A more recognizably Christian picture emerged from the venerable “argument by design” that was best framed by the Anglican clergyman William Paley at the beginning of the 19th century. Building upon his famous analogy between a watch and organic beings, Paley vigorously insisted that the integration of materials and parts finely attuned to specific purposes is irrefutable proof of intelligent design. Just as the components of the watch are obviously fashioned to measure time, and hence, reflect the purposes of an intelligent craftsman, so too, he maintained, the organs and tissues of a living creature are clearly arranged to perform such functions as sensation and reproduction and likewise afford evidence of purposive intellect. Similar evidence for design, he showed, could be discovered at every level of organic nature, from the structure of organs such as the eye to the mutual adaptations and interdependencies of what today would be called “ecology.” Neither blind chance nor any vague “principle of order” could explain the exquisite and intricate design of nature. A fair-minded consideration of the scientific evidence, Paley concluded, could only lead to the conclusion that nature had an author who fashioned living beings to achieve the greatest possible harmony and happiness.
Hitchcock, and many other English-speaking scientists, accepted the argument by design as the main nexus between natural and revealed knowledge, but went yet further. Science, Hitchcock wrote in his Religion of Geology, “enables us more correctly to interpret some portions of the Bible; and then, when we have admitted the new interpretation, it brings a flood of light upon the plans and attributes of Jehovah." Geology, for example, illuminated obscure Biblical references to a pre-Adamite time by showing that destructive agencies, including water and fire, periodically purged the animate world, with each episode leading to a restocking with organisms more complex than their predecessors and better suited to a cooling planet. This progression, Hitchcock suggested, was prologue to the most recent era of creative energy, the Scriptural six days, when God created extant species, including humankind. By extending human understanding of time into a distant past and by informing us of the hundreds of thousands, perhaps millions, of distinct species that have populated the earth, natural history vastly enlarged human understanding of the scope of divine powers. Our “conceptions of God's power, wisdom, and benevolence,” he wrote in the Religion of Geology “cannot but enlarge in the same ratio as our views of his works."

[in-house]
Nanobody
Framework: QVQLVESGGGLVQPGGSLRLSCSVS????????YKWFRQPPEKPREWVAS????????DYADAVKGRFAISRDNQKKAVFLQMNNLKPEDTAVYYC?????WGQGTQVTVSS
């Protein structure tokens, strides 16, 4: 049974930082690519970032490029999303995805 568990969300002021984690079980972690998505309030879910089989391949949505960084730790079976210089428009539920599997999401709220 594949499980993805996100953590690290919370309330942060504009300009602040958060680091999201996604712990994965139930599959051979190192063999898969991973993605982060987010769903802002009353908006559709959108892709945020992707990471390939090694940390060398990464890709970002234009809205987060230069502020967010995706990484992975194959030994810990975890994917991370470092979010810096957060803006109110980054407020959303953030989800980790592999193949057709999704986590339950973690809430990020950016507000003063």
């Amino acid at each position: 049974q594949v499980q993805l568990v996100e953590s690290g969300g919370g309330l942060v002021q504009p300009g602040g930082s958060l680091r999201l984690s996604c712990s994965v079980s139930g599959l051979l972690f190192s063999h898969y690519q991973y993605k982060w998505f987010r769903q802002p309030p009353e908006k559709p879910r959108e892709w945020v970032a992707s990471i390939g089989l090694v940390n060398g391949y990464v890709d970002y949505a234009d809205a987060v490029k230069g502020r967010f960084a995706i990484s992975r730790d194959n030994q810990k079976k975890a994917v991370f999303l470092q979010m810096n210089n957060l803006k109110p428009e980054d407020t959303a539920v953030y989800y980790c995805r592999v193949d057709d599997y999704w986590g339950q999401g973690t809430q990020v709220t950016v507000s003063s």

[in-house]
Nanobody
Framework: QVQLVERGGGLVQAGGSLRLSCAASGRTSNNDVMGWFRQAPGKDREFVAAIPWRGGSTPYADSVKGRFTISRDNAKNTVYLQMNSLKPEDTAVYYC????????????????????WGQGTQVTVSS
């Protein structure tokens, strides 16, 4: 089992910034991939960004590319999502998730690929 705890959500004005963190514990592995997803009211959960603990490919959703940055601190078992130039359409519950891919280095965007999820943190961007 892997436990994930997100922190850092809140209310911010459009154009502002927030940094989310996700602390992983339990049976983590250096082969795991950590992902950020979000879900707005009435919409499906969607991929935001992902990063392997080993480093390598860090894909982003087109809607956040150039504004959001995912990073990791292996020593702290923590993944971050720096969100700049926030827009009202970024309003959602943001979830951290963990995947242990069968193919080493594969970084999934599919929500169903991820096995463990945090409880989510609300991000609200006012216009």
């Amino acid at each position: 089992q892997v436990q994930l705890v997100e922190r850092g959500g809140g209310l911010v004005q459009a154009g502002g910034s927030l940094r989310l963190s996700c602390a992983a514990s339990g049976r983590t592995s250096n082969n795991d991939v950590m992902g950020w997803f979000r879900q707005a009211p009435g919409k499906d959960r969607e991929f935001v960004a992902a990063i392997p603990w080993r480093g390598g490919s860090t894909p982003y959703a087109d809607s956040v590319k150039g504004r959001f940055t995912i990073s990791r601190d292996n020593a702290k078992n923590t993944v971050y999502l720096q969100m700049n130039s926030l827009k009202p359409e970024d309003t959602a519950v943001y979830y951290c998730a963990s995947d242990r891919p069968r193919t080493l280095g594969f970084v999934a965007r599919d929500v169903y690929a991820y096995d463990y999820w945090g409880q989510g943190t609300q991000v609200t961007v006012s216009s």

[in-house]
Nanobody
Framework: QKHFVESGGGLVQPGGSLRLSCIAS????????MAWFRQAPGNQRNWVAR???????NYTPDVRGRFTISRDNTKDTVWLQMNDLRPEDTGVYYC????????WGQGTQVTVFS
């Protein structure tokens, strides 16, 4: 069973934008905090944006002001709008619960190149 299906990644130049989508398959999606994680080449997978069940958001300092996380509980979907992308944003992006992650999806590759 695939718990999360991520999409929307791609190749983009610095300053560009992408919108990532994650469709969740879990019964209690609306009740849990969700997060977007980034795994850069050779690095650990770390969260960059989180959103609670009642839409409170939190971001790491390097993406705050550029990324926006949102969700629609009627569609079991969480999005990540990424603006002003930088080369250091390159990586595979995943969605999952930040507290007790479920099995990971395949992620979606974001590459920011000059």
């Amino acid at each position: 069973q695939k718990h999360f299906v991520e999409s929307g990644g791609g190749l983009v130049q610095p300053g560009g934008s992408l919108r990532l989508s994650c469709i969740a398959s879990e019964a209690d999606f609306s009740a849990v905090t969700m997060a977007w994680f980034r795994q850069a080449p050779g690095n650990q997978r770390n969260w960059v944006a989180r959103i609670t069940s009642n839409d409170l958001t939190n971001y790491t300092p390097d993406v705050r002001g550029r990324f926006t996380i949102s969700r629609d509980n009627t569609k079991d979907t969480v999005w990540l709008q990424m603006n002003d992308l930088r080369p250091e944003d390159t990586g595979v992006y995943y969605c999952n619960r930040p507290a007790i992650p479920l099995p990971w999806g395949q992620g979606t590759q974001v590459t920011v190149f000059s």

These views placed Hitchcock in the main stream of Anglo-American thought during the 1840s and perhaps even the 1850s. But by linking his religious beliefs so closely to natural knowledge, Hitchcock purchased unity at the cost of risk, as some theologians full-well recognized. The argument by design remained powerful only in the absence of more naturalistic explanations of adaptation and ecological interdependencies. Likewise, the vast succession of living forms whose fossils populate the sedimentary rocks could be taken as strong evidence of divine craftsmanship only so long as the origin of species remained mysterious.
Charles Darwin’s theory of evolution by natural selection did not completely shut the door to natural theology when it appeared in 1859. Some determined theist/naturalists such as Harvard’s Louis Agassiz simply rejected Darwin’s arguments outright, although their numbers dwindled rapidly. Others, such as Harvard’s Asa Gray, continued to look for a unity of religious and scientific truth in variations of the law-giver argument. But Darwin’s theory, and the picture of nature that it supported, offered little room for the more thoroughgoing union of scientific and religious truths that Hitchcock had articulated. Natural selection, as portrayed by Darwin, molded living forms extemporaneously. It admitted no goals or aims other than survival and reproduction, explained speciation in terms of the gradual accumulation of variations useful to their possessors in the struggle for survival, and ultimately granted no special status to humankind in nature’s history. Hitchcock lived long enough to learn of Darwin’s theory, but not so long as to formulate a thorough response. Perhaps fortunately so, as it preserved him from having to choose between his life-long faithfulness to science and commitment to natural religion.